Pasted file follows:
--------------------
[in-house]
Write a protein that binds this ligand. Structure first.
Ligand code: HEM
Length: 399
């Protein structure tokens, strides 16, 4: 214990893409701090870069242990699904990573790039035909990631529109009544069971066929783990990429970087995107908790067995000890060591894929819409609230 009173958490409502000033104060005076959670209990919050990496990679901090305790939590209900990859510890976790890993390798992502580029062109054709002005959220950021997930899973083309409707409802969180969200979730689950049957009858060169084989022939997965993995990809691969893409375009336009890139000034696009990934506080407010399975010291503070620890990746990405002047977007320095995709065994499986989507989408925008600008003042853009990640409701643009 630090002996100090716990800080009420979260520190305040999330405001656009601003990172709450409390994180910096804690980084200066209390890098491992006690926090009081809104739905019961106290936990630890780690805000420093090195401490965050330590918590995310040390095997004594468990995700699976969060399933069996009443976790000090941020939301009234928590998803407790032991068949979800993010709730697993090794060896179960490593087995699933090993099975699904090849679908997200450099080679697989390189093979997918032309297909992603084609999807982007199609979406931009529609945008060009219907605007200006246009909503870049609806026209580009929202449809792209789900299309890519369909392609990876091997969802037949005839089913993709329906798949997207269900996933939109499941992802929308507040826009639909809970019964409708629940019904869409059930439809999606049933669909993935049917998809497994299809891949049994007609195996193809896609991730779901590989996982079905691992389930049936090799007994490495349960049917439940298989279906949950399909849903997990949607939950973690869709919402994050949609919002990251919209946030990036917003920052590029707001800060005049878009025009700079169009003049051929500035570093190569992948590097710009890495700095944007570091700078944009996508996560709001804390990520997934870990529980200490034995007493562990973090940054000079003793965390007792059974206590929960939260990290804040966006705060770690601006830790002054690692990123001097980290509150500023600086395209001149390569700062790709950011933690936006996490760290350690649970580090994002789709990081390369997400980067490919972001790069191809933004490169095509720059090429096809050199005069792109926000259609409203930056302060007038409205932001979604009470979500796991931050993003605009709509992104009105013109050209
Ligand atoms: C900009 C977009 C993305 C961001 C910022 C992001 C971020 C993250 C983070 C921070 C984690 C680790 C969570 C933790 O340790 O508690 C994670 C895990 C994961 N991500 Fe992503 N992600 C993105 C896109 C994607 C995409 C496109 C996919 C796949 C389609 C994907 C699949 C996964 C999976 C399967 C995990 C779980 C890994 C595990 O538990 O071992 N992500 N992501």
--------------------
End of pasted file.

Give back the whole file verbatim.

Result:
[in-house]
Write a protein that binds this ligand. Structure first.
Ligand code: HEM
Length: 399
């Protein structure tokens, strides 16, 4: 214990893409701090870069242990699904990573790039035909990631529109009544069971066929783990990429970087995107908790067995000890060591894929819409609230 009173958490409502000033104060005076959670209990919050990496990679901090305790939590209900990859510890976790890993390798992502580029062109054709002005959220950021997930899973083309409707409802969180969200979730689950049957009858060169084989022939997965993995990809691969893409375009336009890139000034696009990934506080407010399975010291503070620890990746990405002047977007320095995709065994499986989507989408925008600008003042853009990640409701643009 630090002996100090716990800080009420979260520190305040999330405001656009601003990172709450409390994180910096804690980084200066209390890098491992006690926090009081809104739905019961106290936990630890780690805000420093090195401490965050330590918590995310040390095997004594468990995700699976969060399933069996009443976790000090941020939301009234928590998803407790032991068949979800993010709730697993090794060896179960490593087995699933090993099975699904090849679908997200450099080679697989390189093979997918032309297909992603084609999807982007199609979406931009529609945008060009219907605007200006246009909503870049609806026209580009929202449809792209789900299309890519369909392609990876091997969802037949005839089913993709329906798949997207269900996933939109499941992802929308507040826009639909809970019964409708629940019904869409059930439809999606049933669909993935049917998809497994299809891949049994007609195996193809896609991730779901590989996982079905691992389930049936090799007994490495349960049917439940298989279906949950399909849903997990949607939950973690869709919402994050949609919002990251919209946030990036917003920052590029707001800060005049878009025009700079169009003049051929500035570093190569992948590097710009890495700095944007570091700078944009996508996560709001804390990520997934870990529980200490034995007493562990973090940054000079003793965390007792059974206590929960939260990290804040966006705060770690601006830790002054690692990123001097980290509150500023600086395209001149390569700062790709950011933690936006996490760290350690649970580090994002789709990081390369997400980067490919972001790069191809933004490169095509720059090429096809050199005069792109926000259609409203930056302060007038409205932001979604009470979500796991931050993003605009709509992104009105013109050209
Ligand atoms: C900009 C977009 C993305 C961001 C910022 C992001 C971020 C993250 C983070 C921070 C984690 C680790 C969570 C933790 O340790 O508690 C994670 C895990 C994961 N991500 Fe992503 N992600 C993105 C896109 C994607 C995409 C496109 C996919 C796949 C389609 C994907 C699949 C996964 C999976 C399967 C995990 C779980 C890994 C595990 O538990 O071992 N992500 N992501």